It’s coming on St. Patrick’s Day now. That’s when all the amateur Irishmen come out for a night on the piss and an annual flirtation with Celtic folk music. In particular, the Pogues will come out for their yearly spin in the CD player, and it is to them that we turn our attention this time — and to an odd bit of trivia to both enhance your listening pleasure, and to give you an air of sophistication as you spend the evening getting schnockered with your cronies.
One of the first pieces I wrote for Popdose was this guide to the Pogues, and what I strove to emphasize — what still strikes me now — is the band’s vast, omnivorous musical reach. It’s an injustice to think of them as “only” an Irish folk group. Oh, they had a greater command of (and reverence for) the Irish folk tradition than their detractors — or even some of their fans — would care to admit. But the Pogues were always chameleons at heart. At the peak of their powers, roughly from 1987 – 1991, the group synthesized a slew of musical influences — ‘60s pop, New Orleans R&B, big-band jazz, Spanish carnival music — and filtered them through a pub-sésiun sensibility.
The first album of this period was 1988’s If I Should Fall From Grace With God. With bass player Darryl Hunt and multi-instrumentalist Terry Woods aboard as full-time members and super-producer Steve Lillywhite behind the desk, Fall From Grace found the Pogues exploring new sounds with a new muscle.
“Turkish Song of the Damned” is a case in point. The most blatantly psychedelic track the Pogues had recorded to date, it works a hook based on an Eastern mode, with the thumping rhythm giving the whole a vaguely North African feel. Lillywhite, best known at the time for his work with U2 and Big Country, gives the production a stadium-ready roar, with distant wails underpinning the eerie lyrics.
Written by banjo-man Jem Finer with words by singer Shane MacGowan, “Turkish Song” is a ghost story, an Ancient Mariner-type tale about a shipwreck survivor who is visited by the phantasmal forms of his dead crewmates. The narrator — the leader of this ghostly crew — drops dark intimations that the survivor escaped with his skin intact by negligence or treachery, and swears a vow of vengeance: “Not the nails of the Cross nor the blood of Christ can bring you hope this eve,” he hisses. “The dead have come to claim a debt from thee.” And it is clear that the debt they seek to collect is naught but their former shipmate’s immortal soul.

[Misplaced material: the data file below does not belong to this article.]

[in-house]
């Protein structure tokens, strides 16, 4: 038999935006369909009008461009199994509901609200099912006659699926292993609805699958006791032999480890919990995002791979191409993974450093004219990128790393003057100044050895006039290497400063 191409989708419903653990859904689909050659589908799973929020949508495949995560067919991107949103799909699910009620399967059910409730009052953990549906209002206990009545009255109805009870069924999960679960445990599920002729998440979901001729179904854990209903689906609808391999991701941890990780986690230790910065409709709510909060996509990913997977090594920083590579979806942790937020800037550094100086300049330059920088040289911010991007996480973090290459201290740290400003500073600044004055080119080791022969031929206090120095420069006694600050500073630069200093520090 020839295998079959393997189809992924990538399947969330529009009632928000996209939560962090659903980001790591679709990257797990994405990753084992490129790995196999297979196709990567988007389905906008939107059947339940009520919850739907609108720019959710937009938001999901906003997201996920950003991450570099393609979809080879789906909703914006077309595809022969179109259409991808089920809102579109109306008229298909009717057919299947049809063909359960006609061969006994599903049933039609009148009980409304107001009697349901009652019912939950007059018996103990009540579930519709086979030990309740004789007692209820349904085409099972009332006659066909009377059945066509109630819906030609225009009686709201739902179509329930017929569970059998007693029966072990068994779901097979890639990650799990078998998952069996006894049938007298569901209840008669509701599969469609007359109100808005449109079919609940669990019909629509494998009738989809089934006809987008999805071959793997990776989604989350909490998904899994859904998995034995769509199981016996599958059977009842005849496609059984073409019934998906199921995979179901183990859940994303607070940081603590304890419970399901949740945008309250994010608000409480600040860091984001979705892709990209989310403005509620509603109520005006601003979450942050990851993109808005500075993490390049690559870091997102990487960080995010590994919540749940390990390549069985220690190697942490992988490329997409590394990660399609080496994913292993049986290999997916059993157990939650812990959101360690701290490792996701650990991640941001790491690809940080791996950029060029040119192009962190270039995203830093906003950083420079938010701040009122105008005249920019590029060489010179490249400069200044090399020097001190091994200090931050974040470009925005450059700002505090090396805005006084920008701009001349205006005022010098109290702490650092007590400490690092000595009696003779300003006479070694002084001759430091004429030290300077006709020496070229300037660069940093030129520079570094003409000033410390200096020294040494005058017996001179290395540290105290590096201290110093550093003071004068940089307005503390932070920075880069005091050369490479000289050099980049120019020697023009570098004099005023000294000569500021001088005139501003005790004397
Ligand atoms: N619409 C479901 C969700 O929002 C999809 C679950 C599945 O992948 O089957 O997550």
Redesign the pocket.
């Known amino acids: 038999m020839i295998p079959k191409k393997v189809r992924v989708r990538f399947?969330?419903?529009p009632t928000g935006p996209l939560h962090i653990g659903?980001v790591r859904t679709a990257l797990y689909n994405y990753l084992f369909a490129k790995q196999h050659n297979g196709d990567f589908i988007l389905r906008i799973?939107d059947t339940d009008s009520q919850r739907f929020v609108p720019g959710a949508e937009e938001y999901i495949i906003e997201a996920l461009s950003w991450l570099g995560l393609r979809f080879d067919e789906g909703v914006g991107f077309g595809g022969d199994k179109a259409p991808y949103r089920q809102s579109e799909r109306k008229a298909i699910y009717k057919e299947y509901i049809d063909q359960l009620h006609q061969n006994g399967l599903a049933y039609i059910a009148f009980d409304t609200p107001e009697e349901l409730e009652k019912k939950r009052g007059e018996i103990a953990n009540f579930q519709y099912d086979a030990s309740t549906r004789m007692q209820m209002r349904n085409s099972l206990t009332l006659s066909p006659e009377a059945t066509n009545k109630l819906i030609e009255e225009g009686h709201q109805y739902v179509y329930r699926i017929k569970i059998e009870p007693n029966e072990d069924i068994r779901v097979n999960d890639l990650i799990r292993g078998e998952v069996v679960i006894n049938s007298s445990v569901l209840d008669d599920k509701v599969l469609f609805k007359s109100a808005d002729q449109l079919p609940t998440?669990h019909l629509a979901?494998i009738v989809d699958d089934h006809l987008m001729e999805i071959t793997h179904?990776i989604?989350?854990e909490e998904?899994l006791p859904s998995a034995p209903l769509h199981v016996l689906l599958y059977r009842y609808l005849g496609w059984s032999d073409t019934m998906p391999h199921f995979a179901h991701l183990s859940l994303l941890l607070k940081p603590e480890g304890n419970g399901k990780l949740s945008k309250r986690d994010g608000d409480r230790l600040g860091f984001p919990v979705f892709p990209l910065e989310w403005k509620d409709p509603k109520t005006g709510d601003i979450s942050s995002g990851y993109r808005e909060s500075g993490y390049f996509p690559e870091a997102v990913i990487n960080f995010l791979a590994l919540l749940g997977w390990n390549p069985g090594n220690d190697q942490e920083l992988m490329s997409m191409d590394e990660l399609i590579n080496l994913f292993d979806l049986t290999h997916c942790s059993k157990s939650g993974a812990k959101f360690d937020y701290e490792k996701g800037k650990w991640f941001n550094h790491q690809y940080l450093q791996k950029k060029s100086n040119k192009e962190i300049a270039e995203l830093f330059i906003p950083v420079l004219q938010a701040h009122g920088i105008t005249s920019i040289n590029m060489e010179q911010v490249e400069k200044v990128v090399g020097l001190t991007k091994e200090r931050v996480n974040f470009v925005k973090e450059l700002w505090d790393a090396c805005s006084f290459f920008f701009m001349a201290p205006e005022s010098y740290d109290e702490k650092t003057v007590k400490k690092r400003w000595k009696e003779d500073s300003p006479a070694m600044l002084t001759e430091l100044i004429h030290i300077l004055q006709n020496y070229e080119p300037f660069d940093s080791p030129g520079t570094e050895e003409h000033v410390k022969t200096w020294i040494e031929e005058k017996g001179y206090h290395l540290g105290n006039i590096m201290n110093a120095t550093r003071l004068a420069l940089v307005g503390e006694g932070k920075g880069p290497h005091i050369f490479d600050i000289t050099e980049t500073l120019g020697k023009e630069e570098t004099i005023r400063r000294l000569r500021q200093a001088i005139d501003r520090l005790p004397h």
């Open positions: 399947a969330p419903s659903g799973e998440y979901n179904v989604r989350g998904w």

This amusing fan-made video tells the story in comic-strip form…
But notice that the story breaks off before it’s over. The piece climaxes with an instrumental coda, a breakneck jig that slams the song to a close but apparently leaves the traumatized survivor to his fate. Does the crew of zombie sea-dogs drag the poor fellow off to Hell after all? MacGowan doesn’t say.
Or does he?
The thing to remember is that “Turkish Song” is actually not one song, but two. The verses and choruses are the MacGowan/Finer composition, but the instrumental bit at the end — that’s a traditional tune. And all of those tunes, all of those jigs and reels, have names — sometimes several names, depending on which collection of tunes you consult. And those names are often oddly evocative. The Tailor’s Thimble. The Red-Haired Man’s Wife. The Blackthorn Stick. Crabs in the Skillet. There’s a curious poetry at work here.
I didn’t know the name of the jig that closes out “Turkish Song of the Damned” — in fact, I assumed that it too was a MacGowan original. But some years later, in the mid-1990s, when I was making a serious effort to educate myself in the history and practice of folk-rock, I heard that tune again, again as part of a medley, on a Fairport Convention record:
So now we’ve got a title: “The Lark in the Morning.”
And suddenly the scenario of “Turkish Song” changes utterly, and the fairy-tale ending falls into place.
Dig it: The poor doomed sailor has been talking to the ghastly revenants of his crewmates all night long, pleading, cajoling, trying every trick he can think of to forestall his awful fate. But at last he can stall no longer. There is no more avoiding the inevitable. He sees the captain’s ghost take on a terrifying reality, free now to wreak unholy vengeance. He feels the hot breath of Hell as the gates wing wide. There is no escape.
But as the shades of doom surround him, the horrified mariner hears, from outside the window, the faint call of the lark signaling daybreak. He has succeeded in delaying the specters until the dawn! The first rays of the new-risen sun creep through the window, and the specters shrink back — for ghosts and demonic spirits cannot stand the touch of daylight. As the pale light of dawn fills the room, the spirits flee and dissolve into smoke and vapor, leaving the sailor terrified but unharmed.
So that sour old misanthropist Shane MacGowan sneaks a happy ending past us all, by letting the music do the talking. Because most of us listening might not have known that jig was called “The Lark in the Morning,” but you can bet your boots that MacGowan did. And as sure as whiskey rots your teeth, you can bet he chose that particular tune for a reason.
If “Turkish Song of the Damned” were a traditional folk tale, having been spared the fires of Hell the sailor would then run directly to the nearest church, fall to his knees, and make a full confession and repentance of his sins, thus saving his soul from eternal damnation. Now, your St. Patrick’s Day misadventures may end with you on your knees, too, praying for mercy — and if you’re very lucky, you may be on your knees in church, rather than over your toilet. Either way, friends, I’ll say a prayer for your souls; that even such poor sinners as me and thee might get a shot at salvation.